Bill English certainly doesn't have the populist charisma or the common touch of John Key but he has earned great kudos for his handling of the economy through the global financial crisis and a series of earthquakes.
In many respects he is also more ideologically aligned with a more traditional market-led, business perspective.
Many in the business community would therefore welcome English taking over as Prime Minister, as expected.
There are also some business friendly policies that Key had ruled out which may now be back on the table under English.
These include further asset sales and the restructuring of NZ Superannuation.
Clearly he will already have a handle on the possible election promises for 2017 - including the ability to cut taxes, spend on infrastructure and keep paying down debt.
Treasury's 2016 Half Year Economic and Fiscal Update (HYEFU) and the Government's 2017 Budget Policy Statement are due on Thursday.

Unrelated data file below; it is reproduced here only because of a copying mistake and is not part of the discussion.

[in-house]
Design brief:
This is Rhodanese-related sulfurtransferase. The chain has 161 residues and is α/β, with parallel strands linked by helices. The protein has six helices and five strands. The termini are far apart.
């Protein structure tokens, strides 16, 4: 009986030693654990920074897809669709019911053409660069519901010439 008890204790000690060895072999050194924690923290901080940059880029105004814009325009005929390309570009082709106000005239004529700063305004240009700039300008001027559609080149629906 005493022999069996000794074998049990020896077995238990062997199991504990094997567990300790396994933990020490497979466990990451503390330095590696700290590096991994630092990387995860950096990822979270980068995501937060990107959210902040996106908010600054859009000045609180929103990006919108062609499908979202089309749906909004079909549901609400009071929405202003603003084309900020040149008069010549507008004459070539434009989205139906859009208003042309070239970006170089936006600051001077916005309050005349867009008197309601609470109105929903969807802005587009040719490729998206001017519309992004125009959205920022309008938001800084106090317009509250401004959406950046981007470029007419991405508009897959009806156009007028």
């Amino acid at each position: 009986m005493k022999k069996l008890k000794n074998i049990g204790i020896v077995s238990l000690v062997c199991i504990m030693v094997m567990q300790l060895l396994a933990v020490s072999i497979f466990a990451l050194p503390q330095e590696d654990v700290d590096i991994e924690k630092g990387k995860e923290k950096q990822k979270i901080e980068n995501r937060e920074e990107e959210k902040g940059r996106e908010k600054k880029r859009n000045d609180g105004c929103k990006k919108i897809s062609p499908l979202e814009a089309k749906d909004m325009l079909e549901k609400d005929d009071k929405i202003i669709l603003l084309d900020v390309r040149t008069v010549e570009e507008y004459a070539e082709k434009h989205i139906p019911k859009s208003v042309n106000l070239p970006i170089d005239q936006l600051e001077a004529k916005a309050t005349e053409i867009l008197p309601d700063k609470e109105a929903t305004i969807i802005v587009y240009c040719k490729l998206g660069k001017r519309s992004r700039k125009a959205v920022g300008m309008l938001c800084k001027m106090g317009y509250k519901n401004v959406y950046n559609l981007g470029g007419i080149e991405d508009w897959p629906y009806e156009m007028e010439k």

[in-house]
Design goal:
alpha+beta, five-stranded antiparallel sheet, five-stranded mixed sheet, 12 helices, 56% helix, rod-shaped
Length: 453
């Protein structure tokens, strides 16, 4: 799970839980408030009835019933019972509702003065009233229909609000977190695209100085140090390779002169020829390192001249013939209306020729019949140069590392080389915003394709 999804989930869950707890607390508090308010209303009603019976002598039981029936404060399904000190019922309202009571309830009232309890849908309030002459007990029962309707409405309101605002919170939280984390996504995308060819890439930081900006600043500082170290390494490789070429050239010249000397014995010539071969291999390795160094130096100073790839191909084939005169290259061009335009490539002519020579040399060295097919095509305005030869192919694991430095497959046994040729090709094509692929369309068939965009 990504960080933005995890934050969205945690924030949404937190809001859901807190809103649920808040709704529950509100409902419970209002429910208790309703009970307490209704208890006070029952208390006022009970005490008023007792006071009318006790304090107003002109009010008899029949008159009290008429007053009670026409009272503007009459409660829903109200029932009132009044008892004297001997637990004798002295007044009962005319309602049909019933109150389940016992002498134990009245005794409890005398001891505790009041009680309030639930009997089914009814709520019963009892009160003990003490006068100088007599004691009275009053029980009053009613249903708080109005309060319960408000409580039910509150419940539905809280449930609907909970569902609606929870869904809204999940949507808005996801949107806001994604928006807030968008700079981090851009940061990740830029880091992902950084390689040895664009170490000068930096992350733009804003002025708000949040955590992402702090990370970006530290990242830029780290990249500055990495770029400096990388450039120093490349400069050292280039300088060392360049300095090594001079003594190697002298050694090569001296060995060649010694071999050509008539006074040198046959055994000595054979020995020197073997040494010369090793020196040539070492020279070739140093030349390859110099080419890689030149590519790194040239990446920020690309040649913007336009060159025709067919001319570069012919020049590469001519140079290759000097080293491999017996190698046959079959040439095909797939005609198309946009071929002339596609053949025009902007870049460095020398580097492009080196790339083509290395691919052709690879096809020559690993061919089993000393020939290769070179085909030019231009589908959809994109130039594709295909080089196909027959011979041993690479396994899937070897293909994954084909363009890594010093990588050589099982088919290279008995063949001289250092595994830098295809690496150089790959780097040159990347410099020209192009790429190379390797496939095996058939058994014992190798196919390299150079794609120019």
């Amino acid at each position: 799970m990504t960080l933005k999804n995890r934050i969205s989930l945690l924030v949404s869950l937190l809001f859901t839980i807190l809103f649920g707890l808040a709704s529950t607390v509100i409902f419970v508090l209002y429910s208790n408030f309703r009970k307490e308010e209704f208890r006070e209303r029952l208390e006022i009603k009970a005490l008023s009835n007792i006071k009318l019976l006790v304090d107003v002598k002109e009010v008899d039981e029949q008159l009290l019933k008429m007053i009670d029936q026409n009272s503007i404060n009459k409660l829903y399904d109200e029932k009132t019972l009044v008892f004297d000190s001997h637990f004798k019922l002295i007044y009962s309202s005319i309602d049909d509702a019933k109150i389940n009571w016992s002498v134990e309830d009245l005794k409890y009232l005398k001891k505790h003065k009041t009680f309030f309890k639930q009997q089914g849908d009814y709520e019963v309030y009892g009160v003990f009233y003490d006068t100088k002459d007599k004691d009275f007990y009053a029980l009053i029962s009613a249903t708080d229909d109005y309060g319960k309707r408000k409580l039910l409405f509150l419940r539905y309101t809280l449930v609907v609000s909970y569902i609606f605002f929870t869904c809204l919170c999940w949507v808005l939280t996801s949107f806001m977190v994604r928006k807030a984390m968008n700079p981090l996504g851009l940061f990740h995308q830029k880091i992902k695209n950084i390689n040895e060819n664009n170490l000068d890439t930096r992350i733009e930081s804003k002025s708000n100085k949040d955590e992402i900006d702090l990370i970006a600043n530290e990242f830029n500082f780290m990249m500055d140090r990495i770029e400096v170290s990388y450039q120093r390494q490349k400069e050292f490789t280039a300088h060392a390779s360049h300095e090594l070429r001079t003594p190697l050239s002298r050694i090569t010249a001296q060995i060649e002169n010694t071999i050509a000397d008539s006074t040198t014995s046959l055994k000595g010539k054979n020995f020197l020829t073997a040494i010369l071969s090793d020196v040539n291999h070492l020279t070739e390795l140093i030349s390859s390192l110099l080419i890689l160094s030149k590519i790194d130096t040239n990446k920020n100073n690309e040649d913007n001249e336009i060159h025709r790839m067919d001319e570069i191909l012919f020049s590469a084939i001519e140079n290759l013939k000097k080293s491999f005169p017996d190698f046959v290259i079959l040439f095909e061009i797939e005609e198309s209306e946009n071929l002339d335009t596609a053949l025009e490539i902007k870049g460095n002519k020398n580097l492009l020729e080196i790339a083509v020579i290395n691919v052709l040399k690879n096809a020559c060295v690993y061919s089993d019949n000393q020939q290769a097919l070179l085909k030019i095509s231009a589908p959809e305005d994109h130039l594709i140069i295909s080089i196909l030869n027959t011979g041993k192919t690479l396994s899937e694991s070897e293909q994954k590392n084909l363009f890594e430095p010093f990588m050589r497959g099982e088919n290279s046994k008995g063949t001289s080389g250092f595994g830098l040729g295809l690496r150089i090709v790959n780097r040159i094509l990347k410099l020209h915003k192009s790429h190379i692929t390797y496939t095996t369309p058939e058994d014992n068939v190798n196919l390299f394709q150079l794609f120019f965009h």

Key has already hinted they will present upbeat outlook, even despite last month's quakes.
If dairy prices continue to rise and the housing market stays in a sweet spot - cooling but not crashing - then English will begin 2017 with Government on a roll that will take some stopping.
His weak spot will be social policy.
And the opportunity remains with the opposition to turn that into an election issue.
So while Key's resignation may be a shock, it is a testament to the strength of the economy he has presided over that his departure caused barely a ripple on financial markets.
The dollar did drop - just.
On Friday night's close at US70.92c a fall to US70.85c (as of 2.30pm) is insignificant - particularly against a backdrop of the global turbulence as the Italian PM resigned and the Euro plunged.
Similarly the NZX-50 dropped slightly as news out of Italy broke at around midday. By the time of the Key announcement at 12.45pm it was already stable.
It is possible business confidence could dip on fears that an opposition coalition win becomes more likely in 2017.
Any weakening of National's electoral stranglehold points to an unpalatable (from a business point of view) alliance with Winston Peters.